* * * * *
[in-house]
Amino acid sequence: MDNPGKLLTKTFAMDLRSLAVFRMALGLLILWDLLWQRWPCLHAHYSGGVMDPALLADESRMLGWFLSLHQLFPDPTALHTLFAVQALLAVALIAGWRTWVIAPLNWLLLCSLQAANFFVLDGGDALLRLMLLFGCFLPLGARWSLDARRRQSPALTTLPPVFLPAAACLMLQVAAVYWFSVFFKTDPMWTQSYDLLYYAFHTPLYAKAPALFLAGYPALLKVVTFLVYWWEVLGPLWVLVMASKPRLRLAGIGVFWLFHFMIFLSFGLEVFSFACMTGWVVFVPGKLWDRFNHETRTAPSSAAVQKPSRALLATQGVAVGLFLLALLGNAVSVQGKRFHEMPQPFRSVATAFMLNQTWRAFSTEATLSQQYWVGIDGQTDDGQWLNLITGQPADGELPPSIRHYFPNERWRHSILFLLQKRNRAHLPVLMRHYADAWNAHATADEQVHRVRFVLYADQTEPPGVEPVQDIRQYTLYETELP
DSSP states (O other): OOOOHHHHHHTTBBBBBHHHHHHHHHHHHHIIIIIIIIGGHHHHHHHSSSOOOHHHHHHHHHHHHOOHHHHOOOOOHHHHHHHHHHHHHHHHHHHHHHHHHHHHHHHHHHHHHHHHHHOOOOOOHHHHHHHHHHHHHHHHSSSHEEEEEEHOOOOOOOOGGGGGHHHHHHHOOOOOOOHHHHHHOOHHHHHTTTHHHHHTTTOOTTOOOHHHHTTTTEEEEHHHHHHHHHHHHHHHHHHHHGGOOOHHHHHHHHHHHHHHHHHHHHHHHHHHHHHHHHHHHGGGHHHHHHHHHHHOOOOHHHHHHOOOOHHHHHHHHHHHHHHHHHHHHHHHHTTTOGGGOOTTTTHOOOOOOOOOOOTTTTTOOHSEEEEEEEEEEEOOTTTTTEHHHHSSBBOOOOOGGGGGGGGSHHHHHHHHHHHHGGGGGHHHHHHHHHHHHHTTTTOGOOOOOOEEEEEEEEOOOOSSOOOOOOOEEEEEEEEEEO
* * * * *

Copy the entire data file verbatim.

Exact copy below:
[in-house]
Amino acid sequence: MDNPGKLLTKTFAMDLRSLAVFRMALGLLILWDLLWQRWPCLHAHYSGGVMDPALLADESRMLGWFLSLHQLFPDPTALHTLFAVQALLAVALIAGWRTWVIAPLNWLLLCSLQAANFFVLDGGDALLRLMLLFGCFLPLGARWSLDARRRQSPALTTLPPVFLPAAACLMLQVAAVYWFSVFFKTDPMWTQSYDLLYYAFHTPLYAKAPALFLAGYPALLKVVTFLVYWWEVLGPLWVLVMASKPRLRLAGIGVFWLFHFMIFLSFGLEVFSFACMTGWVVFVPGKLWDRFNHETRTAPSSAAVQKPSRALLATQGVAVGLFLLALLGNAVSVQGKRFHEMPQPFRSVATAFMLNQTWRAFSTEATLSQQYWVGIDGQTDDGQWLNLITGQPADGELPPSIRHYFPNERWRHSILFLLQKRNRAHLPVLMRHYADAWNAHATADEQVHRVRFVLYADQTEPPGVEPVQDIRQYTLYETELP
DSSP states (O other): OOOOHHHHHHTTBBBBBHHHHHHHHHHHHHIIIIIIIIGGHHHHHHHSSSOOOHHHHHHHHHHHHOOHHHHOOOOOHHHHHHHHHHHHHHHHHHHHHHHHHHHHHHHHHHHHHHHHHHOOOOOOHHHHHHHHHHHHHHHHSSSHEEEEEEHOOOOOOOOGGGGGHHHHHHHOOOOOOOHHHHHHOOHHHHHTTTHHHHHTTTOOTTOOOHHHHTTTTEEEEHHHHHHHHHHHHHHHHHHHHGGOOOHHHHHHHHHHHHHHHHHHHHHHHHHHHHHHHHHHHGGGHHHHHHHHHHHOOOOHHHHHHOOOOHHHHHHHHHHHHHHHHHHHHHHHHTTTOGGGOOTTTTHOOOOOOOOOOOTTTTTOOHSEEEEEEEEEEEOOTTTTTEHHHHSSBBOOOOOGGGGGGGGSHHHHHHHHHHHHGGGGGHHHHHHHHHHHHHTTTTOGOOOOOOEEEEEEEEOOOOSSOOOOOOOEEEEEEEEEEO